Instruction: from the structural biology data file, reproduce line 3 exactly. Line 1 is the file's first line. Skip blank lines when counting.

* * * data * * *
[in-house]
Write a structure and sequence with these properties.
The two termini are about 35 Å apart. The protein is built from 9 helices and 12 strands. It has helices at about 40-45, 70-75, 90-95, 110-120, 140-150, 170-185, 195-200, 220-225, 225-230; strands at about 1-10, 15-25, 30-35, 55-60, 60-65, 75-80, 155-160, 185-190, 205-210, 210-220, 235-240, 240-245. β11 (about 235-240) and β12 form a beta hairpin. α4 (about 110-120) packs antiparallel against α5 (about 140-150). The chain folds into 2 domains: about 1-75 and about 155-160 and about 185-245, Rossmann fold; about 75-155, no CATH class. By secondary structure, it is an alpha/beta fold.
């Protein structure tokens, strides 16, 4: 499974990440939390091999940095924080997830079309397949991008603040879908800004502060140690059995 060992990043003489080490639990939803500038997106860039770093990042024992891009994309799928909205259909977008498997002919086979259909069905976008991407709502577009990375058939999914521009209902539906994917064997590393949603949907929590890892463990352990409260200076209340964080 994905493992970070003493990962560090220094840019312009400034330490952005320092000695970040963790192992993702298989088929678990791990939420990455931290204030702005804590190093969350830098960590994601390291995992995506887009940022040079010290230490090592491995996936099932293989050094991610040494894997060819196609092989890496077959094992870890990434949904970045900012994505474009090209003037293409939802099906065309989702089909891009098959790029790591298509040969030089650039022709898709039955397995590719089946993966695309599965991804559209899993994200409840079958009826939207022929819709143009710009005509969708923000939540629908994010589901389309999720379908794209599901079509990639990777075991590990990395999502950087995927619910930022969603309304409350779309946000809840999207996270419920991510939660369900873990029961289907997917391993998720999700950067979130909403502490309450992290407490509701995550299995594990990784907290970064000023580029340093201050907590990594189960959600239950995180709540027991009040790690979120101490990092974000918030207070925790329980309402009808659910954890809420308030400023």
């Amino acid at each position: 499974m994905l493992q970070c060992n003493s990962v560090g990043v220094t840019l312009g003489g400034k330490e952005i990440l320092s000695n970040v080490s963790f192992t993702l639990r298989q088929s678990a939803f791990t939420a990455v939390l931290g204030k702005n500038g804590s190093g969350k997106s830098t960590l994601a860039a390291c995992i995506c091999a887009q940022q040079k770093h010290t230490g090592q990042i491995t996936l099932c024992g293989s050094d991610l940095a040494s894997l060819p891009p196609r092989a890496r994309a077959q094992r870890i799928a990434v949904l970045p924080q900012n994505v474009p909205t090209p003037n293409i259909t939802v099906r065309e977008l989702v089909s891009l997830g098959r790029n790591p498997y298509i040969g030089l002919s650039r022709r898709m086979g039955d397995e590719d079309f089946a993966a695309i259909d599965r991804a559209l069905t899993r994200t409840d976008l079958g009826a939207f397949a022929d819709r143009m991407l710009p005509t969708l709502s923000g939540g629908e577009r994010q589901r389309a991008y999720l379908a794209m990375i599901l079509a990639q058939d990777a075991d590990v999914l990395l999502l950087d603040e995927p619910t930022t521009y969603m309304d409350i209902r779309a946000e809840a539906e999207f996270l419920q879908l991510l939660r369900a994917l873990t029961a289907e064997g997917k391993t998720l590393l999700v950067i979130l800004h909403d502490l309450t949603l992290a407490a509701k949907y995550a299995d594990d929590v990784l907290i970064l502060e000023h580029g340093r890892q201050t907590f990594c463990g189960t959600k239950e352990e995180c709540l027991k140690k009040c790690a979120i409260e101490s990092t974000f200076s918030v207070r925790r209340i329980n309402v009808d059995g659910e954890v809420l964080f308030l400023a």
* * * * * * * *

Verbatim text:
The two termini are about 35 Å apart. The protein is built from 9 helices and 12 strands. It has helices at about 40-45, 70-75, 90-95, 110-120, 140-150, 170-185, 195-200, 220-225, 225-230; strands at about 1-10, 15-25, 30-35, 55-60, 60-65, 75-80, 155-160, 185-190, 205-210, 210-220, 235-240, 240-245. β11 (about 235-240) and β12 form a beta hairpin. α4 (about 110-120) packs antiparallel against α5 (about 140-150). The chain folds into 2 domains: about 1-75 and about 155-160 and about 185-245, Rossmann fold; about 75-155, no CATH class. By secondary structure, it is an alpha/beta fold.